Tuesday, March 20, 2018

Shower Your Story With Similes: A Storytelling Worksheet

Rainy Day in Paris
by
Gustave Caillebotte, 1877
I am always searching for new ways to help my storytelling students connect with their stories and make them their own. I use a variety of worksheets I created, which can be found in my book, Story by Story: Creating a StudentStorytelling Troupe. However, since I have returning students from year to year I try to offer something new and fresh.

Recently I asked them to work with their stories, adding a few similes using the
 worksheet I created below. Here are some of the examples my fourth and fifth grade students added to their stories, the simile portions are underlined.


  • So he took out his slingshot and shot the sparrow with the aim of a skilled archer.
  • With the roar of a lion he demanded to know how he had become rich so suddenly.
  • As quick as a squirrel the older brother began to climb, and climb, and climb.
  • The woods were as dark as an evil castle.
  • She went home as sad as a dog without food.
  • As softly as a mouse she asked her, “Do you see him? Do you see my brother?”
  • Her face healed as fast as butter melted.
  • In days long ago, the sky was as close to Earth as a little boy is to his mother.

It was a good exercise for them to further visualize details about their characters and setting

Please feel free to use the worksheet below in your personal work with your students. Permission for private use is granted. Distribution, either electronically or on paper is prohibited without written permission. (Please refer to full copyright statement at the end of the blog post.)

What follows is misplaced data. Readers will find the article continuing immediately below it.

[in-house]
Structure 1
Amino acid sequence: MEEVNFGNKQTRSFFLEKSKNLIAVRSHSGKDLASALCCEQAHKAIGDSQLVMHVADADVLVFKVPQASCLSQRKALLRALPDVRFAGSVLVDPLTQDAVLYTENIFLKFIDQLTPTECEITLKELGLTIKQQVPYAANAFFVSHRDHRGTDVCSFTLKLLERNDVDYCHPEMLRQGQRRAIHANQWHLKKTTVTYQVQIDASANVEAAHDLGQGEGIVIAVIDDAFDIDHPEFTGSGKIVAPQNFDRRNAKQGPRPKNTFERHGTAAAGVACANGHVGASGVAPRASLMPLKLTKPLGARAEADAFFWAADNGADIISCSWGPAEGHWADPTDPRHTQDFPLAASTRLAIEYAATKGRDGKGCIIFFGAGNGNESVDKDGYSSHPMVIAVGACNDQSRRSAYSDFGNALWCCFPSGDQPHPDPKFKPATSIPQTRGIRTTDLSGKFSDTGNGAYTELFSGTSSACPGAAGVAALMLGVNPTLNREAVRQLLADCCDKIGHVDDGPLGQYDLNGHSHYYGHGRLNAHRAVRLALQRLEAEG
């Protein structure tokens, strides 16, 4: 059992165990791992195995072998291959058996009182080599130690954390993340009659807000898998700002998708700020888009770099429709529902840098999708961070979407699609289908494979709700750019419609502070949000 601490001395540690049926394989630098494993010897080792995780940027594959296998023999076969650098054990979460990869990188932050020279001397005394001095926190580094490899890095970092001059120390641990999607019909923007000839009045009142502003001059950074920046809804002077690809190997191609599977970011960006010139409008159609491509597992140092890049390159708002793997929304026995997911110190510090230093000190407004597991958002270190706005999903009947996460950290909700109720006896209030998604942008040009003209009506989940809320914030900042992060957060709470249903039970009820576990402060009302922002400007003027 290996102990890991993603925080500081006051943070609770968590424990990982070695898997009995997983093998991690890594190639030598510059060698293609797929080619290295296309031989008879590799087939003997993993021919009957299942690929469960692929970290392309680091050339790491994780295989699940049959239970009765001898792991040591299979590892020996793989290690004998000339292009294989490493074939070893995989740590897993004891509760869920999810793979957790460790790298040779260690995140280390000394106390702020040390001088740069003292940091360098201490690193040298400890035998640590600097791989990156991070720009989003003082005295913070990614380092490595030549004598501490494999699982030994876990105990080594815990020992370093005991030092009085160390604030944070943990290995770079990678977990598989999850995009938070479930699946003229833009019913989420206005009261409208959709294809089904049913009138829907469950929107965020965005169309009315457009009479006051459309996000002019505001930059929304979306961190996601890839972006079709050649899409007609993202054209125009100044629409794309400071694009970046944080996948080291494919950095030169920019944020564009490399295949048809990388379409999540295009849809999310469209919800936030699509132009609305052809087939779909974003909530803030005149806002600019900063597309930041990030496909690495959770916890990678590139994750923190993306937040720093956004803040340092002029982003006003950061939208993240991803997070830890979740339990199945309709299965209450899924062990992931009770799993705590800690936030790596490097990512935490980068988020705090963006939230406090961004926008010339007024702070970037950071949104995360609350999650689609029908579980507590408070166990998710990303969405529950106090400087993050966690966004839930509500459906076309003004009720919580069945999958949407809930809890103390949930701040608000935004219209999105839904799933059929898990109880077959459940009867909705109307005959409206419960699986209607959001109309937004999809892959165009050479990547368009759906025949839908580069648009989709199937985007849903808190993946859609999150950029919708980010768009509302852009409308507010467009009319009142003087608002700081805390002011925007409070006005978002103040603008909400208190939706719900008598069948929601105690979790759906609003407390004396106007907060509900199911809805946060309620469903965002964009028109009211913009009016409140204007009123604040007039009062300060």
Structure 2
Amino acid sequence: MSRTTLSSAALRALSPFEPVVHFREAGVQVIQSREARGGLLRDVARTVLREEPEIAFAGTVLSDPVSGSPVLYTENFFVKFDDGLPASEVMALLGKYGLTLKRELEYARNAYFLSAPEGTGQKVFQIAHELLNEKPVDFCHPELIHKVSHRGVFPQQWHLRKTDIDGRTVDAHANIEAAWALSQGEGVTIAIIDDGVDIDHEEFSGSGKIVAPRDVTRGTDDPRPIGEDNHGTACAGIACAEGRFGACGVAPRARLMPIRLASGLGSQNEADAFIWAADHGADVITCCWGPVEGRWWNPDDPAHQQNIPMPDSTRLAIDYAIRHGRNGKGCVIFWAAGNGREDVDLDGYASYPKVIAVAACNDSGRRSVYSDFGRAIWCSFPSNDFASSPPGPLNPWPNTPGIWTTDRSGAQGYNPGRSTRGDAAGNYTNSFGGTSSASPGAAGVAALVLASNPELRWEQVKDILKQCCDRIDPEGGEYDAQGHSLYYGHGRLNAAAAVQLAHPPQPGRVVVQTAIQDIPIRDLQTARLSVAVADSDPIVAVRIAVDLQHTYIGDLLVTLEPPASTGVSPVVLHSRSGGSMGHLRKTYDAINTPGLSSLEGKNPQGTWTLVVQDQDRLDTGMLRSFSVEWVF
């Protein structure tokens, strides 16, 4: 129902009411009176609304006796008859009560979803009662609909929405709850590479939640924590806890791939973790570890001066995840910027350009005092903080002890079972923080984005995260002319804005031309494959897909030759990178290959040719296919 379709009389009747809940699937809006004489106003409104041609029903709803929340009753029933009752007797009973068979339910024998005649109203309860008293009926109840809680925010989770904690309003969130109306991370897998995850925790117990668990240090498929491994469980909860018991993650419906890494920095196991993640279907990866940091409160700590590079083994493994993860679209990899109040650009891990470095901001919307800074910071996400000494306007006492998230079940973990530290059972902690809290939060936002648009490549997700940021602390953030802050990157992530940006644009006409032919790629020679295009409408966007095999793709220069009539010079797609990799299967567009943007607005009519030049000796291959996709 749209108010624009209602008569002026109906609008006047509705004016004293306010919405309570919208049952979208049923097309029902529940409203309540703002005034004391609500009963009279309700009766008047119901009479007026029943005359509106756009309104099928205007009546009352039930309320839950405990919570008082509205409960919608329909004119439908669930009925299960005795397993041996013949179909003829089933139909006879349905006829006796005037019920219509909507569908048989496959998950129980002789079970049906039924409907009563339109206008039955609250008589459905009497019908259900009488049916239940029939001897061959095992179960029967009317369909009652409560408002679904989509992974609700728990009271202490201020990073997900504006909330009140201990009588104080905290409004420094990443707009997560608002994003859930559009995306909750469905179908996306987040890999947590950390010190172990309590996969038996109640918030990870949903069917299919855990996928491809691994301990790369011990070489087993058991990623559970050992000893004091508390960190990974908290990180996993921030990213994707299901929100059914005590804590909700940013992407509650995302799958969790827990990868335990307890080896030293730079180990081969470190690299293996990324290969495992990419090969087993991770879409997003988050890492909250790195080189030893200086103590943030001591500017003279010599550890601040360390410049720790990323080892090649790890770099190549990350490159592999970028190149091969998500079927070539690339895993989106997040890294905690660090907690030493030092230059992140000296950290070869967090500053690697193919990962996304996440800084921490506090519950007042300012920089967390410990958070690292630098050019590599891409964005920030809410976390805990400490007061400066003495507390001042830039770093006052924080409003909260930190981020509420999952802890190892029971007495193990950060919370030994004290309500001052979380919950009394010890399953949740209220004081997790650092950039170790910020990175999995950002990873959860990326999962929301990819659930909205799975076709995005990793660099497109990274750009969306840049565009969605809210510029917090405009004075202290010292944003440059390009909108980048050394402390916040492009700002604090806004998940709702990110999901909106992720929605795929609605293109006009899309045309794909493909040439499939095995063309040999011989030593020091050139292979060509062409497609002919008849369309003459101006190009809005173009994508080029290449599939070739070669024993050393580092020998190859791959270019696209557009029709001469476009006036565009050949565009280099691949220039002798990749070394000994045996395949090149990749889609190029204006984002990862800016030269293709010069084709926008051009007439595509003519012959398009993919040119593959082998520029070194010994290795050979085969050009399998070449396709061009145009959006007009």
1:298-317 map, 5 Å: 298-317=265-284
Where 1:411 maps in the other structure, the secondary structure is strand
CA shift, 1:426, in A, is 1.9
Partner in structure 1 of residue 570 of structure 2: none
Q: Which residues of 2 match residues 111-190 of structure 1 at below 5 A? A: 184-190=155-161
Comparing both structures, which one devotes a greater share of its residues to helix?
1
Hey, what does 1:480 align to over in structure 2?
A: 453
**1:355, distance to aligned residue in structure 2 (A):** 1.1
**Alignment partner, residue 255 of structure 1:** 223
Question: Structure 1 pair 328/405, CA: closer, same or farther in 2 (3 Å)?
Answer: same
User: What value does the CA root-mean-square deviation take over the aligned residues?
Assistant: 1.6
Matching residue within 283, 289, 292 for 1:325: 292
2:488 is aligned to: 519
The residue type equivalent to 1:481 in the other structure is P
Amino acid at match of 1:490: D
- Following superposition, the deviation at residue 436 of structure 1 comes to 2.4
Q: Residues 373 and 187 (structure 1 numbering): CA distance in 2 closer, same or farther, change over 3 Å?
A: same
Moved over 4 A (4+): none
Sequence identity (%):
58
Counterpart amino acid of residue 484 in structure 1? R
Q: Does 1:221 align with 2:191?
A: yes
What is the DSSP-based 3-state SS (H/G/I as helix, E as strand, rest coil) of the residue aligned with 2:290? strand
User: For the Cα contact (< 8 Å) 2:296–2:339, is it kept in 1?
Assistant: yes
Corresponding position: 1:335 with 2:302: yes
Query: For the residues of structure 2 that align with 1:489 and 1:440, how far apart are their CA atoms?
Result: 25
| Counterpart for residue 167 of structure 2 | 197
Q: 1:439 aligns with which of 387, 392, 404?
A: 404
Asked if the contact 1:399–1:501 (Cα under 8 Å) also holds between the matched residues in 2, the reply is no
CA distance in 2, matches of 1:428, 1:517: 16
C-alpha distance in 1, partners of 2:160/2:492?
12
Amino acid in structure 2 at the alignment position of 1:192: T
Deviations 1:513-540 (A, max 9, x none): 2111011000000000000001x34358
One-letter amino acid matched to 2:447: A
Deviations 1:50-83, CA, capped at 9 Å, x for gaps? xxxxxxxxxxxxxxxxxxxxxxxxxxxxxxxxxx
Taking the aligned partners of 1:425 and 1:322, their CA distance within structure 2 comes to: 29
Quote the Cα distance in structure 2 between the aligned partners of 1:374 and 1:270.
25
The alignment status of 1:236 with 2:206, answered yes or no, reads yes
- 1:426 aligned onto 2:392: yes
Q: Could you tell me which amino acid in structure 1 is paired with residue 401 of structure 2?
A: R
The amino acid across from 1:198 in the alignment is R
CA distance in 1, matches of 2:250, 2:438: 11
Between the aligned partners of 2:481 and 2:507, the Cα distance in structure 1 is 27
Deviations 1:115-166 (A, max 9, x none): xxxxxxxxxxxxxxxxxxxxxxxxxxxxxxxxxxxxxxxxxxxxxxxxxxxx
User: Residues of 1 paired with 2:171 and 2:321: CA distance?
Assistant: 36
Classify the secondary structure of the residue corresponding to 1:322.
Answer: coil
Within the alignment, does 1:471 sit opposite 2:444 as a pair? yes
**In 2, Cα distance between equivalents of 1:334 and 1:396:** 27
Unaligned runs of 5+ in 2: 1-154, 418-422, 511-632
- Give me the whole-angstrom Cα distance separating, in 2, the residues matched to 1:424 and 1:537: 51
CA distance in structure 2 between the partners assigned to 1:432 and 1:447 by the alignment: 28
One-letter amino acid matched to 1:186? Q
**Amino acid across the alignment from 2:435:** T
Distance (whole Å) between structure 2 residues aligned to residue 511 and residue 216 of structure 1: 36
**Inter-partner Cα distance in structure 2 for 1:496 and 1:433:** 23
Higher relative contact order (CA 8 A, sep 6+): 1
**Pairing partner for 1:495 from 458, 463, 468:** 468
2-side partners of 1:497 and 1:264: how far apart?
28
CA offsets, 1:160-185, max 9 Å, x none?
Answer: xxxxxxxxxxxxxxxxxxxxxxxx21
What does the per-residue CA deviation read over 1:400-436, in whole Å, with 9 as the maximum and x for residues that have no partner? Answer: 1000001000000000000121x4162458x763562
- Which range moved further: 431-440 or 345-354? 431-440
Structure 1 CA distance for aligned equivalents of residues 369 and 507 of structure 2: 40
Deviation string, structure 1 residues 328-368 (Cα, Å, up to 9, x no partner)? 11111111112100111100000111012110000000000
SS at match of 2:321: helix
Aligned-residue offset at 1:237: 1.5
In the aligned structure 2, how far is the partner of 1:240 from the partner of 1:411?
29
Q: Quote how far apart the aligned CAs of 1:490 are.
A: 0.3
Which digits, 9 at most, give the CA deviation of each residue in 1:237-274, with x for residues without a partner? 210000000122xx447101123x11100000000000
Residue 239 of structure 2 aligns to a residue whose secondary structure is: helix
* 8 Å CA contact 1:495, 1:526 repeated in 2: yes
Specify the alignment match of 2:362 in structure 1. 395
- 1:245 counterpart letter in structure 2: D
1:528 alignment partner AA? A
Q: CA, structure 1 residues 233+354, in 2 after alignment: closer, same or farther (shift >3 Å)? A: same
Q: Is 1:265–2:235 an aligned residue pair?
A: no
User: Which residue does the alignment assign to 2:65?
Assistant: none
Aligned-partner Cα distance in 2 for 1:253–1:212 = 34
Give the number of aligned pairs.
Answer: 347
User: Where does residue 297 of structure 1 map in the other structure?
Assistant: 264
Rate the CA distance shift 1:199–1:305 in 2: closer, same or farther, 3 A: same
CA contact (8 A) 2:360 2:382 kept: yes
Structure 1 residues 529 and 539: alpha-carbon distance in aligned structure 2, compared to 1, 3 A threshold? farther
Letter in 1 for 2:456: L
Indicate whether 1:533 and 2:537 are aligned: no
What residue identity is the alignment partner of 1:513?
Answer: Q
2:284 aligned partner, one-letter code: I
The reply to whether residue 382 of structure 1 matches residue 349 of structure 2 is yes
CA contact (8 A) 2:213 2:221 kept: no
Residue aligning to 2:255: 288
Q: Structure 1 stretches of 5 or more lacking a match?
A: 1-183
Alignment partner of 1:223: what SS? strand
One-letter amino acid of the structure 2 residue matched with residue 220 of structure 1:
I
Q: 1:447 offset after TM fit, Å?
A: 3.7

Karen Chace 2018 ©
This blog post was researched and compiled by Karen Chace. Permission for private use is granted. Distribution, either electronically or on paper is prohibited without my expressed written permission. For permission please contact me at storybug@aol.com. Of course, if you wish to link to my blog via your website, blog, newsletter, Facebook page or Twitter please feel free to do so; I greatly appreciate your support and personal integrity.

Thursday, February 15, 2018

Storytelling World: Stor e Telling Spring 2017

Spring Flowers (Peonies)
William Merritt Chase, 1889 
Time to share my second Storytelling Magazine column from 2017. The theme for this issue was Storytelling World. Get ready to visit Ceylon, India, England, Africa, Wales and other ports of call.

The magazine is a membership benefit of the National Storytelling Network.  If you are interested in getting fabulous articles from around the world, featuring renowned storytellers and educators, along with my most recent column, join us at 
www.storynet.org.  I will not be sharing anything from the 2018 publications until 2019 rolls around. 

I would be delighted to know if you find something useful to add to your repertoire.

STORIES

The Animal Story Book by Andrew Lang, 1914 – Among the stories you will find within are What Elephants Can Do, The Taming of an Otter, The Story of a Weasel, and more.
English Fairy and Other Folk Tales by Edwin Sidney Hartland, 1890 – A collection of historical and local tales, complemented by goblins, faeries, goblins, and drolls!
http://tinyurl.com/kvg8kj

Eskimo Folktales
by Knud Rasmussen, 1921 – Fifty-two stories “collected in various parts of Greenland, taken down from the lips of the Eskimo story-tellers themselves.”

http://tinyurl.com/ht6jox8


Hawaiian Legends of Ghosts and Ghost-Gods
collected and translated by W.D. Westervelt, 1916 – “The legends of the Hawaiian Islands are valuable…they reveal an understanding of the phenomena of nature and unveil their early history with its mythological setting.”
http://tinyurl.com/hw32wxh

Myths and Legends of All Nations by Logan Marshall, 1914 - Stories from Greece, Germany, Scandinavia, Italy and more.
http://tinyurl.com/hkosa5v